5 years ago i started diving deeper into synthesis. about 4 years i didn`t finish more than a few tracks. until about one year ago where i realized that fact :roll: . the last year i started making music with the goal to finish things. fazit: i`m very happy that i spent that long time with all those synths and techniques but it`s easy getting lost with all that possibilities. i think it`s important that all these things are possible and that one knows how they are working. but now i just use a feature where i need it and there are lots of situations where feature A or feature B is essential or the 4th multi stage envelope will be needed and then i`m happy that it`s there. but it`s not like the time before where i spend hours creating a sound in the way that i added one oscillator after oscillator , modulation after modulation, rack after rack und mapping after mapping just to wake up hours later realizing that i don`t have any idea how to use that sound.
but yeah..... sometimes i still enjoy endless weaking and i still love it and will ever do :D

stringtapper
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Re: Is all this power helping us make better music?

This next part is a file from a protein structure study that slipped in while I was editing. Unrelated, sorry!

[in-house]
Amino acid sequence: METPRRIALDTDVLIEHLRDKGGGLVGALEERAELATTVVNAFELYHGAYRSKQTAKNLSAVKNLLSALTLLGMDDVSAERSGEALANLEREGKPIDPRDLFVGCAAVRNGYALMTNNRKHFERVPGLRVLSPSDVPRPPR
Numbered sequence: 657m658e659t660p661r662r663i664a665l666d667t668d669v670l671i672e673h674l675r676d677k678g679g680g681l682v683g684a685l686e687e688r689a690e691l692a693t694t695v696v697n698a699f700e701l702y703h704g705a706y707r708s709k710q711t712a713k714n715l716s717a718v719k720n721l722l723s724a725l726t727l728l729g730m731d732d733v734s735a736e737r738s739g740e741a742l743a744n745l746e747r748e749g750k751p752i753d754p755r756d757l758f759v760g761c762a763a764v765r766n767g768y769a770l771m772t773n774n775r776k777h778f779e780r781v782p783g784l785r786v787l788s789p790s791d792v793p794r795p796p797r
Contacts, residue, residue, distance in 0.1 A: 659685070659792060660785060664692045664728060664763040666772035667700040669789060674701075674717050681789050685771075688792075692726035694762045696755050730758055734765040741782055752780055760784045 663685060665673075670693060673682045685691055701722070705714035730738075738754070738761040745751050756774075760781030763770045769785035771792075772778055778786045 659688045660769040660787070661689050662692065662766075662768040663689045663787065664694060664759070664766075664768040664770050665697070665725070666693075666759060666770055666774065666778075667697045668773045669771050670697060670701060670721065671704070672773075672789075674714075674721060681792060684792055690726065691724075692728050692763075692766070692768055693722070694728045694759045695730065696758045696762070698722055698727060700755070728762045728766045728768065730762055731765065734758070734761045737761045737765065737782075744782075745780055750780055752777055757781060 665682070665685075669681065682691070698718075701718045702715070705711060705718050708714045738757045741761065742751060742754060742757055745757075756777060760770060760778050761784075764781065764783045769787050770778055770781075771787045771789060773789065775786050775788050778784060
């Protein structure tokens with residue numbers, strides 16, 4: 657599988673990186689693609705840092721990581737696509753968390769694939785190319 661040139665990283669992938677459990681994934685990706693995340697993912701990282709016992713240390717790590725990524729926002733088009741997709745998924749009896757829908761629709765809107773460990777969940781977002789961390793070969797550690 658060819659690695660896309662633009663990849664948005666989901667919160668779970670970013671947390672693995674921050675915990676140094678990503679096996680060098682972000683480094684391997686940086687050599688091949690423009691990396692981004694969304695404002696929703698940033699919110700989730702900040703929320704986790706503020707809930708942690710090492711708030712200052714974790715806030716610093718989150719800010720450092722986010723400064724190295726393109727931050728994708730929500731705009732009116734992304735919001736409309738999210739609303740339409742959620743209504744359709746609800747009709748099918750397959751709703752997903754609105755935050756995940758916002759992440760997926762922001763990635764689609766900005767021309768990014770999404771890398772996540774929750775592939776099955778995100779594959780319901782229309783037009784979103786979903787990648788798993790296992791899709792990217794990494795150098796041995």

Post by stringtapper » Thu Jan 09, 2014 10:05 pm

The Finn wrote:Or is what I have been doing all evening - making skronking sounds on my computer, none of which will ever figure in a piece of music -- somehow an end in itself?

Just wondering 8)
Were those sounds music?

8)
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eyeknow
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Re: Is all this power helping us make better music?

Post by eyeknow » Thu Jan 09, 2014 10:12 pm

It's interesting because with all I have, I usually gravitate towards pretty breadnbutter sounds. So yeah, when it comes to synths, all that tech is not necessarily what I'm going to use.

oblique strategies
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Re: Is all this power helping us make better music?

Post by oblique strategies » Thu Jan 09, 2014 10:14 pm

It may be human nature, when presented with an array of options, to feel the need to explore & master them all. I certainly feel this way. But with the staggering amount of choice presented to one today, it is just not reasonable to think that one will devote the time necessary to master them all. Frankly, it is probably not even possible.

I choose what I want to focus on. But there is that nagging feeling that what I am not paying attention to may indeed be something amazing. I'd rather explore these new avenues out of a sense of adventure rather than a sense of anxiety.

At the end of the day, I want to be relatively good at a few things, rather then be relatively poor at a lot of things.

Bottom line: computers are time vampires! They'll drain your last drop! :lol:

tone61
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Re: Is all this power helping us make better music?

Post by tone61 » Thu Jan 09, 2014 10:27 pm

Does your time with Live need to produce great music?